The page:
Editorial: trends in urban rodent monitoring and mitigation: improving our understanding of population and disease ecology, surveillance and control

Editorial on the Research Topic
Editorial: Trends in Urban Rodent Monitoring and Mitigation: Improving Our Understanding of Population and Disease Ecology, Surveillance and Control

The urban environment is unique among earth’s ecosystem in that it is almost entirely created, maintained, and modified by humans. As such, it is not often a focus of ecological research ( Dyson et al., 2019 ). However, a number of wild animals thrive in urban centers, particularly rodents. Indeed, certain species of rodents are so well-adapted to close cohabitation with people that they are rarely found in habitats devoid of their human counterparts ( Aplin et al., 2003 ). These so-called commensal rodents can be found in almost every corner of every city on earth ( Lund, 1994 ) and humans are more likely to interact with them than any other wildlife species.

Unfortunately, these interactions can lead to a diverse array of negative consequences. For example, urban rodents carry a number of zoonotic pathogens associated with significant human morbidity and mortality ( Himsworth et al., 2013 ). Exposure to rodents may also impact mental health, particularly among marginalized populations ( Lam et al., 2018 ). Finally, urban rodents consume and contaminate food stuffs, damage property and infrastructure, start fires and result in significant expenditures on pest control ( Feng and Himsworth, 2014 ). Over half of the world’s population currently live in urban centers ( United Nations, 2018 ), and given increasing rates of urbanization, these issues are likely to increase in the future. Unfortunately, there are a number of significant gaps in our understanding of urban rodents which impede our capacity to adequately prepare for current and future threats ( Parsons et al., 2015 ).

There are several reasons for the prevailing knowledge gaps ( Traweger et al., 2006 ; Banks et al., 2014 ). Many urban rodents are inherently difficult to study as they are nocturnal, secretive, and reside in habitats not readily accessible to researchers (e. g., deep within infrastructure) ( Parsons et al., 2015 ). They disproportionately populate impoverished neighborhoods ( Himsworth et al., 2013 ; Feng and Himsworth, 2014 ) where residents are disempowered to deal with rodent-related issues compared to those living in more affluent areas ( Lam et al., 2018 ). Many societies have negative associations with rodents ( German and Latkin, 2016 ) and property owners may keep infestations secret because of shame, fines or possible business closures ( Pimentel et al., 2005 ; Parsons et al., 2017 ).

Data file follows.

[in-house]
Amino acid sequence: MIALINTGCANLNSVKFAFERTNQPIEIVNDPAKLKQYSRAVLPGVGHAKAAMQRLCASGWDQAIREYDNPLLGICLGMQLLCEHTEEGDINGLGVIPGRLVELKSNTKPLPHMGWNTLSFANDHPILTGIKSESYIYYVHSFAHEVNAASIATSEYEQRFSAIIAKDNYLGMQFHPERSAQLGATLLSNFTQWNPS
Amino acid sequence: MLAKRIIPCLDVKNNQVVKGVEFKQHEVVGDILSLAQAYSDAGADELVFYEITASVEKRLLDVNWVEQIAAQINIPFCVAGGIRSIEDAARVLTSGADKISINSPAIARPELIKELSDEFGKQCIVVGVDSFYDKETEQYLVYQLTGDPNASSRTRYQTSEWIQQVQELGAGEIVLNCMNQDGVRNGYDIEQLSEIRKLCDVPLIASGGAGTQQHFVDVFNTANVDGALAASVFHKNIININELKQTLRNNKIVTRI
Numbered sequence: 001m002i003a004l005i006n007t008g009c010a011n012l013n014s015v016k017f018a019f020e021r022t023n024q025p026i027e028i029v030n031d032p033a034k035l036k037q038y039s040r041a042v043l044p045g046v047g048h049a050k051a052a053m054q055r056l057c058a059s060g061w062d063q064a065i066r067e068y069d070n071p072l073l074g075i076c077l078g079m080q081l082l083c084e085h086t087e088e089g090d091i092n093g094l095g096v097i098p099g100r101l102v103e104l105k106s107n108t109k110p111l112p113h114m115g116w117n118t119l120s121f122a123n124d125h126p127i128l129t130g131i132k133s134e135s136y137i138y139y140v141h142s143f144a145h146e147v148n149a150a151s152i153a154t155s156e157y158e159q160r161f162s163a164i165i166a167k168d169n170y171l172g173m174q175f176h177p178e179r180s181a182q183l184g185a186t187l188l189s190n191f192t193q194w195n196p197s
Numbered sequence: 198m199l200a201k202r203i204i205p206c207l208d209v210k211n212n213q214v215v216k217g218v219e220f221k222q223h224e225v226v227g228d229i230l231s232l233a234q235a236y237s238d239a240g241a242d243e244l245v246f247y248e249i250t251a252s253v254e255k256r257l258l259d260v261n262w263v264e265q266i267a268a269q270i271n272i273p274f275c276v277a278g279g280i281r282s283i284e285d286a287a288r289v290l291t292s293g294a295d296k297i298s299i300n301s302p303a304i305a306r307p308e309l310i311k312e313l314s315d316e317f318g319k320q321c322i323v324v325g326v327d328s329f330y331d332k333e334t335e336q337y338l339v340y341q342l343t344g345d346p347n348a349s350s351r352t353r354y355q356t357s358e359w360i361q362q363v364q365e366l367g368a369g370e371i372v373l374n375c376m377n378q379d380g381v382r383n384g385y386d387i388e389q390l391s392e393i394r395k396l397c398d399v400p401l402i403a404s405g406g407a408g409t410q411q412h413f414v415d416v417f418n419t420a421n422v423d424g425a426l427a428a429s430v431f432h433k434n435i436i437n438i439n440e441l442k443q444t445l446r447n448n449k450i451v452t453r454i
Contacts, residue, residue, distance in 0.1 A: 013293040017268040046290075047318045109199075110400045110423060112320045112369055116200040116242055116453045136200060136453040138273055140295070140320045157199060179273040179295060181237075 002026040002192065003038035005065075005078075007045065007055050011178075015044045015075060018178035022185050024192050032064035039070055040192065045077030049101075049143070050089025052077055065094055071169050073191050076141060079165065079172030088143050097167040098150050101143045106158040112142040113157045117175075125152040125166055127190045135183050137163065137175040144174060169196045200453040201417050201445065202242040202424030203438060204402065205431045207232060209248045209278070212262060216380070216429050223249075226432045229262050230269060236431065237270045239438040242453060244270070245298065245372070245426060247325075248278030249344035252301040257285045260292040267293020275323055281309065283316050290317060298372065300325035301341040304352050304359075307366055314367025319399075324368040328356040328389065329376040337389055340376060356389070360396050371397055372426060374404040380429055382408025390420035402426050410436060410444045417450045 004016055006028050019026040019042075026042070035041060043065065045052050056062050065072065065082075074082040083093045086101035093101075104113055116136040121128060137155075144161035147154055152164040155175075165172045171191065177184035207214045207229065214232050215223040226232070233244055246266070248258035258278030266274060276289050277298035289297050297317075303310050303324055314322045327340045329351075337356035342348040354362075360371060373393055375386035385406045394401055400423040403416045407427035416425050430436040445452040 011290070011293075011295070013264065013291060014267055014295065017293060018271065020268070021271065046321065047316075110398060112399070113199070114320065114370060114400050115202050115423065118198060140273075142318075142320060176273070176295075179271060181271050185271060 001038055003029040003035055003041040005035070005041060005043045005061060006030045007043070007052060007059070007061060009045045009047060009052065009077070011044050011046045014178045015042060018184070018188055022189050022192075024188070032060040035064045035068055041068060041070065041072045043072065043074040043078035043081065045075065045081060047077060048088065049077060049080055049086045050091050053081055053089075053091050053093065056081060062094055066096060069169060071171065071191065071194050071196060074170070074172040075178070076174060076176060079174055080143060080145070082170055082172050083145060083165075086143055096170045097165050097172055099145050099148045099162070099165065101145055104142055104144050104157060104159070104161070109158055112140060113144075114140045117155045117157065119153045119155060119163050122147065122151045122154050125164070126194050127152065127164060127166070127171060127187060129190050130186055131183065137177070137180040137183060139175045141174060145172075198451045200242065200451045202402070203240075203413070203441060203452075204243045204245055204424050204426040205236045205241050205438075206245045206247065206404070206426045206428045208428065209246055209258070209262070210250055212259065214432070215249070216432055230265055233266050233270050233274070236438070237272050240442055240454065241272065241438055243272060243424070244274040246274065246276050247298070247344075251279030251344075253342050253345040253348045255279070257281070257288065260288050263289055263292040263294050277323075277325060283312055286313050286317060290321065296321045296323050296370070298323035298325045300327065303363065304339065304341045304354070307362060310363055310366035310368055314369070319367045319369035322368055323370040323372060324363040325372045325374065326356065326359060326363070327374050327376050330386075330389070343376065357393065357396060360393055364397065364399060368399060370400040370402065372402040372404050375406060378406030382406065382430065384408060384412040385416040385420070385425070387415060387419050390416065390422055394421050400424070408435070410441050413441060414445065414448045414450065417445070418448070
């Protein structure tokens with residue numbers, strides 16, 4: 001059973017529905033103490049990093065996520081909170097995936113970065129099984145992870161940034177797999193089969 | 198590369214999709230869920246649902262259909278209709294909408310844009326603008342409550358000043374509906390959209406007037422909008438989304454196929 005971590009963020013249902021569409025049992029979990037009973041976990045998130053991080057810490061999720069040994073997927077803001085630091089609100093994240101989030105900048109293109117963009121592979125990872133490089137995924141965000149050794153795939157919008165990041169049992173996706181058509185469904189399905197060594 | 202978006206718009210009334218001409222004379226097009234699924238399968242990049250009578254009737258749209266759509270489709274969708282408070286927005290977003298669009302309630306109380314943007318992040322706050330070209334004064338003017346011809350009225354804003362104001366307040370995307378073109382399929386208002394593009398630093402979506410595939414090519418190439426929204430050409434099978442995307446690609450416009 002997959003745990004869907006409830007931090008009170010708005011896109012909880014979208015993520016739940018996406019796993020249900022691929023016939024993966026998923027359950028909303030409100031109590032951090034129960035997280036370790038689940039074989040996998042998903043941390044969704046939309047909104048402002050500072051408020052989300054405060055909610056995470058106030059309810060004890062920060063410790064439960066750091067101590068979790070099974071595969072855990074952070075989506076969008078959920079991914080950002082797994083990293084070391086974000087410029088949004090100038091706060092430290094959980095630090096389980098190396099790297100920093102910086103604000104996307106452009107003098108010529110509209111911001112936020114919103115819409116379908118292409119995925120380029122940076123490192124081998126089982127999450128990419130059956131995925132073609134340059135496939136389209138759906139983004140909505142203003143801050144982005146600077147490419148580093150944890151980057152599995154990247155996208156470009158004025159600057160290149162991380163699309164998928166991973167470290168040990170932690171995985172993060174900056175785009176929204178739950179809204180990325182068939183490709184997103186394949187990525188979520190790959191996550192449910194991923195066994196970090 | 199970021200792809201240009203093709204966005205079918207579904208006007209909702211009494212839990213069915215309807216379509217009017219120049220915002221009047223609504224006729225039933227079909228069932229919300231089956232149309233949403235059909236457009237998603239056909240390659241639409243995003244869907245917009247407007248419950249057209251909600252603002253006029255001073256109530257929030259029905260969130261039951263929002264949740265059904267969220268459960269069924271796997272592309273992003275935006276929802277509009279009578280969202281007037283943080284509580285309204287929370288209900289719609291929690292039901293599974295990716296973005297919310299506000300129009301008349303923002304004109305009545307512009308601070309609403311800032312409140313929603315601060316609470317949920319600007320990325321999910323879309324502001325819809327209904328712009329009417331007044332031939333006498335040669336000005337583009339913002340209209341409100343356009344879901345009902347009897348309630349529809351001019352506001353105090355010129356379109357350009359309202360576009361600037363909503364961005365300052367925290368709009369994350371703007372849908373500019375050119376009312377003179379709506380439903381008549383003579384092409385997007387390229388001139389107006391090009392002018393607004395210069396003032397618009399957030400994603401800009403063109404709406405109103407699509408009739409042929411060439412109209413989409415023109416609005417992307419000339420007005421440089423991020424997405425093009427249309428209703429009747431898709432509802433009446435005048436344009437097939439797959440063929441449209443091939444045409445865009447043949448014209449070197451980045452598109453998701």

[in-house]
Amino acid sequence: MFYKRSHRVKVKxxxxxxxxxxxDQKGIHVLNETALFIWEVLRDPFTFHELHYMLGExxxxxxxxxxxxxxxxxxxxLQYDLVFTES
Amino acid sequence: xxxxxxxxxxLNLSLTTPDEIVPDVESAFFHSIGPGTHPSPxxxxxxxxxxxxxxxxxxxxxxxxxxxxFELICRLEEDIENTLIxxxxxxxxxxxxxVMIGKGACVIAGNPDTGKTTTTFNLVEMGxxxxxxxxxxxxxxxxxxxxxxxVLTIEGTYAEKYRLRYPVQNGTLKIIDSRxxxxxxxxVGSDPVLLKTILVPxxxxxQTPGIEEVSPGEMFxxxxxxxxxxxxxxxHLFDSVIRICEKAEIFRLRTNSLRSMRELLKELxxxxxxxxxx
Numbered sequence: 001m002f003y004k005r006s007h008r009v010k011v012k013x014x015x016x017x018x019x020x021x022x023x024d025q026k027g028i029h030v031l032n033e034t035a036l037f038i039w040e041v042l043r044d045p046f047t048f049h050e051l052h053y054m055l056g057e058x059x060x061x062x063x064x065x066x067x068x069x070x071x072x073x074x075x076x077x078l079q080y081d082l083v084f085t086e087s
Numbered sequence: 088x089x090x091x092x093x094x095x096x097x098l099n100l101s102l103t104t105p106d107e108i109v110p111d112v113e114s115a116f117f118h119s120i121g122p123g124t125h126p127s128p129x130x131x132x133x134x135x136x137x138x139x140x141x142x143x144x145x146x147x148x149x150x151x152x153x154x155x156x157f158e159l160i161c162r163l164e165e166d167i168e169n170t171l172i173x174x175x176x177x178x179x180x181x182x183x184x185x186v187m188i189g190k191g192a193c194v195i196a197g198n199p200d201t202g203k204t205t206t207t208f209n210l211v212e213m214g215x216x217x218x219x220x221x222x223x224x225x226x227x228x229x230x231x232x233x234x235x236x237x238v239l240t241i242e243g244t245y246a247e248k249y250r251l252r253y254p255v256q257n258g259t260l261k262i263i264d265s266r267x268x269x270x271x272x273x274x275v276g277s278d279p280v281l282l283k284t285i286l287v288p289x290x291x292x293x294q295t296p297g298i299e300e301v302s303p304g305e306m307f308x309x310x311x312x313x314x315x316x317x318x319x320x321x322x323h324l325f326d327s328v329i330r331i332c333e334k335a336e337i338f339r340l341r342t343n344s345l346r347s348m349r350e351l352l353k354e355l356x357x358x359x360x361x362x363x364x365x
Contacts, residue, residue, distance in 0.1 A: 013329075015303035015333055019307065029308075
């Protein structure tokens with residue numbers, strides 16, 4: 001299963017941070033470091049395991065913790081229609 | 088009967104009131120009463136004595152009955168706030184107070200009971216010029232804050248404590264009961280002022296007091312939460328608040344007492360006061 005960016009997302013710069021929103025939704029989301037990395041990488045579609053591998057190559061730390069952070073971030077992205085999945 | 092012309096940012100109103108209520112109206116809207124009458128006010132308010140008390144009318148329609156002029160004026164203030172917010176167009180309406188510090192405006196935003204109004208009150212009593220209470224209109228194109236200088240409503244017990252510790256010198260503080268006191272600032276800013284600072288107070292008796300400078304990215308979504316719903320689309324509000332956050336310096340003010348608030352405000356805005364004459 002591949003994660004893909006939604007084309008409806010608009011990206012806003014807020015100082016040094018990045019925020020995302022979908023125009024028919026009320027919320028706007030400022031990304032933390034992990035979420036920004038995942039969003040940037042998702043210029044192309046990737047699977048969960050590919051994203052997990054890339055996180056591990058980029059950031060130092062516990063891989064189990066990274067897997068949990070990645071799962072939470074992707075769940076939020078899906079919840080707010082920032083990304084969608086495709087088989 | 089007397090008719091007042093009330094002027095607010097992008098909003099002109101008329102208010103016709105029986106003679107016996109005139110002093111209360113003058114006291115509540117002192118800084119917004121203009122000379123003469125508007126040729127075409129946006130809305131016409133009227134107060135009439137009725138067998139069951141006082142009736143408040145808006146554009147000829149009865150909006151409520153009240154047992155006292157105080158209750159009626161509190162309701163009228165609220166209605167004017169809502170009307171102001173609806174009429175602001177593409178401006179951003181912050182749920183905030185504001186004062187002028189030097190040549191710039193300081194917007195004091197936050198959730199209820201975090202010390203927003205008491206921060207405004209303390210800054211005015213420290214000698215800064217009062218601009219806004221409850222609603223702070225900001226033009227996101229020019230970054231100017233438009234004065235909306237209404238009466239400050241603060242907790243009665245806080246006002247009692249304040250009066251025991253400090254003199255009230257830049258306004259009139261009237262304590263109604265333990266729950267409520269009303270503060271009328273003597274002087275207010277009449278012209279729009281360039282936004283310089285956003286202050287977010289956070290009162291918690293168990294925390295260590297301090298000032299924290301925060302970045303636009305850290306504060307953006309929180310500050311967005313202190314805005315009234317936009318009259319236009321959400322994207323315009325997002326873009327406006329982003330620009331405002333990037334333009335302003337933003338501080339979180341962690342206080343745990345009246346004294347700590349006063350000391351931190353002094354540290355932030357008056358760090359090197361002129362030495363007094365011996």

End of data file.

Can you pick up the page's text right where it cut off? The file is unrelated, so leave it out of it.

Counter intuitively, the fact that humans have so much exposure to urban rodents may be responsible for the fact we know so little about them. Specifically, it is commonly assumed that because urban rodents are omni-present, scientists and authorities already understand all there is to know about them ( Parsons et al., 2016 ). This attitude is compounded by a plethora of scientific literature based on laboratory rodents—animals that are so dramatically different from their wild counterparts that extrapolation is virtually impossible ( Stryjek and Pisula, 2008 ; Puckett et al., 2018 ). Additionally, decision makers may be apathetic regarding urban rodents owing to a perception that infestations and related harms are inevitable, and attempts to address them fruitless. Finally, a lack of substantive gains regarding urban rodent-related issues may be related to the fact that the responsibility for these issues is not easily assigned to any one sector or discipline. This has resulted in a siloed approach in which gains are made in specific areas (such as pest-control techniques), without moving the field of urban rodent research forward as a whole ( Parsons et al., 2016 ).

We consider our special topics issue as a global “ call to action” for researchers to help address these gaps and barriers through fresh, innovative, and multidisciplinary approaches. Therefore, in preparing this issue, we have brought together authors and reviewers from a wide array of field and laboratory-based disciplines (genetics, ecology, pest management, social sciences, public health) and from countries around the world (Australia, Brazil, Canada, Finland, France, Germany, Hungary, Japan, Netherlands, New Zealand, Poland, and the United States) to share as many ideas and perspectives as possible. From the resulting set of manuscripts, a number of critical themes emerged.